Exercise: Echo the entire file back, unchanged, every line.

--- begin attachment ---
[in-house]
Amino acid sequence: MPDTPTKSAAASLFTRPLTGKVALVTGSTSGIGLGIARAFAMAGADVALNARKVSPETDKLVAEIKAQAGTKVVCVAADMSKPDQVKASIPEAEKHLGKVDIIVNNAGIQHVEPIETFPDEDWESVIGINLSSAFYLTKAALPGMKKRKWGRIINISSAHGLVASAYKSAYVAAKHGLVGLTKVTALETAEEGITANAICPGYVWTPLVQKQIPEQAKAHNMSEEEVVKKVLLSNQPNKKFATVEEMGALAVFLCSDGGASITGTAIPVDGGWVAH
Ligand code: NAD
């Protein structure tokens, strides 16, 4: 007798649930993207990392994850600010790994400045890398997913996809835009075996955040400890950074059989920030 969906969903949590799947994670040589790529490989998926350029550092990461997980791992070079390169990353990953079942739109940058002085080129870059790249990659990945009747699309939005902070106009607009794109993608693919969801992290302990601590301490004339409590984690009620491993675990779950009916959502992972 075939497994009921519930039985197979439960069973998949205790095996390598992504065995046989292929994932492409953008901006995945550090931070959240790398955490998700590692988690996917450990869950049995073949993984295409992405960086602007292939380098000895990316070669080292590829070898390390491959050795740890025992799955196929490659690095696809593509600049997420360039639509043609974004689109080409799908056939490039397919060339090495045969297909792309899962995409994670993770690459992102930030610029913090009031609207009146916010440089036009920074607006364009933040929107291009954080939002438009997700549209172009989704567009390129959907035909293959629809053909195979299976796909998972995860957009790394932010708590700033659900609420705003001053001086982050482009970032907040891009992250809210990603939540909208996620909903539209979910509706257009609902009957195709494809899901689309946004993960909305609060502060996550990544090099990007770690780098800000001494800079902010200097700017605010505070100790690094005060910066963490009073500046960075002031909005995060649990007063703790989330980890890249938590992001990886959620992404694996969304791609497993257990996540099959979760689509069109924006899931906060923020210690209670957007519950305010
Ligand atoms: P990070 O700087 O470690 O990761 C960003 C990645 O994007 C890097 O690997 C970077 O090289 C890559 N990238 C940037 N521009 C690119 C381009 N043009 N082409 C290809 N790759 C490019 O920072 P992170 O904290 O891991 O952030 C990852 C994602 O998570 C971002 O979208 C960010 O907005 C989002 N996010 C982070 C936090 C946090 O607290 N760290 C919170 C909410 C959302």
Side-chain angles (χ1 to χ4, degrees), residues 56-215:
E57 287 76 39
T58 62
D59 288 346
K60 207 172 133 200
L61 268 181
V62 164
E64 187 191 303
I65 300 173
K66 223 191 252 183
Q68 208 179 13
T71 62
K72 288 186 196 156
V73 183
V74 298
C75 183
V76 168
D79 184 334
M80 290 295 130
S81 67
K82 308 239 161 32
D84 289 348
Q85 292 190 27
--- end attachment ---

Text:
[in-house]
Amino acid sequence: MPDTPTKSAAASLFTRPLTGKVALVTGSTSGIGLGIARAFAMAGADVALNARKVSPETDKLVAEIKAQAGTKVVCVAADMSKPDQVKASIPEAEKHLGKVDIIVNNAGIQHVEPIETFPDEDWESVIGINLSSAFYLTKAALPGMKKRKWGRIINISSAHGLVASAYKSAYVAAKHGLVGLTKVTALETAEEGITANAICPGYVWTPLVQKQIPEQAKAHNMSEEEVVKKVLLSNQPNKKFATVEEMGALAVFLCSDGGASITGTAIPVDGGWVAH
Ligand code: NAD
């Protein structure tokens, strides 16, 4: 007798649930993207990392994850600010790994400045890398997913996809835009075996955040400890950074059989920030 969906969903949590799947994670040589790529490989998926350029550092990461997980791992070079390169990353990953079942739109940058002085080129870059790249990659990945009747699309939005902070106009607009794109993608693919969801992290302990601590301490004339409590984690009620491993675990779950009916959502992972 075939497994009921519930039985197979439960069973998949205790095996390598992504065995046989292929994932492409953008901006995945550090931070959240790398955490998700590692988690996917450990869950049995073949993984295409992405960086602007292939380098000895990316070669080292590829070898390390491959050795740890025992799955196929490659690095696809593509600049997420360039639509043609974004689109080409799908056939490039397919060339090495045969297909792309899962995409994670993770690459992102930030610029913090009031609207009146916010440089036009920074607006364009933040929107291009954080939002438009997700549209172009989704567009390129959907035909293959629809053909195979299976796909998972995860957009790394932010708590700033659900609420705003001053001086982050482009970032907040891009992250809210990603939540909208996620909903539209979910509706257009609902009957195709494809899901689309946004993960909305609060502060996550990544090099990007770690780098800000001494800079902010200097700017605010505070100790690094005060910066963490009073500046960075002031909005995060649990007063703790989330980890890249938590992001990886959620992404694996969304791609497993257990996540099959979760689509069109924006899931906060923020210690209670957007519950305010
Ligand atoms: P990070 O700087 O470690 O990761 C960003 C990645 O994007 C890097 O690997 C970077 O090289 C890559 N990238 C940037 N521009 C690119 C381009 N043009 N082409 C290809 N790759 C490019 O920072 P992170 O904290 O891991 O952030 C990852 C994602 O998570 C971002 O979208 C960010 O907005 C989002 N996010 C982070 C936090 C946090 O607290 N760290 C919170 C909410 C959302």
Side-chain angles (χ1 to χ4, degrees), residues 56-215:
E57 287 76 39
T58 62
D59 288 346
K60 207 172 133 200
L61 268 181
V62 164
E64 187 191 303
I65 300 173
K66 223 191 252 183
Q68 208 179 13
T71 62
K72 288 186 196 156
V73 183
V74 298
C75 183
V76 168
D79 184 334
M80 290 295 130
S81 67
K82 308 239 161 32
D84 289 348
Q85 292 190 27